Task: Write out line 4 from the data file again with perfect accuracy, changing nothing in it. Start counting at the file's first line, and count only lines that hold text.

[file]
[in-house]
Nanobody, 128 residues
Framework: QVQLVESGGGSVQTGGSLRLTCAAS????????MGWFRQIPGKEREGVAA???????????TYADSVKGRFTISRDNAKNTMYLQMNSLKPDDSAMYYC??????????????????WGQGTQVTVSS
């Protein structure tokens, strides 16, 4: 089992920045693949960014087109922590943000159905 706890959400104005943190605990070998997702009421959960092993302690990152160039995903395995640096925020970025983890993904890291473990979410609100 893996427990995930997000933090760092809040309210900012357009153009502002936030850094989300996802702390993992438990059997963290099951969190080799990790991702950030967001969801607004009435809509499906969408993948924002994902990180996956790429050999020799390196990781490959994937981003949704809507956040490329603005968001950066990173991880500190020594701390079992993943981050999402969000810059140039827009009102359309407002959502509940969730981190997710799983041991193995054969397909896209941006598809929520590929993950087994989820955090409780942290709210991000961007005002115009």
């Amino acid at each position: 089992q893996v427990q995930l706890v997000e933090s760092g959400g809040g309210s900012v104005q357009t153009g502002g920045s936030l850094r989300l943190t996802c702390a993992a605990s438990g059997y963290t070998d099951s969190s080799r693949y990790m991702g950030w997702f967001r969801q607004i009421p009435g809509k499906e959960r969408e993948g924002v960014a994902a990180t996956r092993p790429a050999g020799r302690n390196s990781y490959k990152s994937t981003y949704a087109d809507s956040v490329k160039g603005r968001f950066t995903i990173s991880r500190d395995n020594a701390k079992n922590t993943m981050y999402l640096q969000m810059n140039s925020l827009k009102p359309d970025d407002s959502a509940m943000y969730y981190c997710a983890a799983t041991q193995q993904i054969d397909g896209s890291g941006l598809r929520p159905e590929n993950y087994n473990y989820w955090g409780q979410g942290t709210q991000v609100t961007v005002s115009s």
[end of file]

């Protein structure tokens, strides 16, 4: 089992920045693949960014087109922590943000159905 706890959400104005943190605990070998997702009421959960092993302690990152160039995903395995640096925020970025983890993904890291473990979410609100 893996427990995930997000933090760092809040309210900012357009153009502002936030850094989300996802702390993992438990059997963290099951969190080799990790991702950030967001969801607004009435809509499906969408993948924002994902990180996956790429050999020799390196990781490959994937981003949704809507956040490329603005968001950066990173991880500190020594701390079992993943981050999402969000810059140039827009009102359309407002959502509940969730981190997710799983041991193995054969397909896209941006598809929520590929993950087994989820955090409780942290709210991000961007005002115009």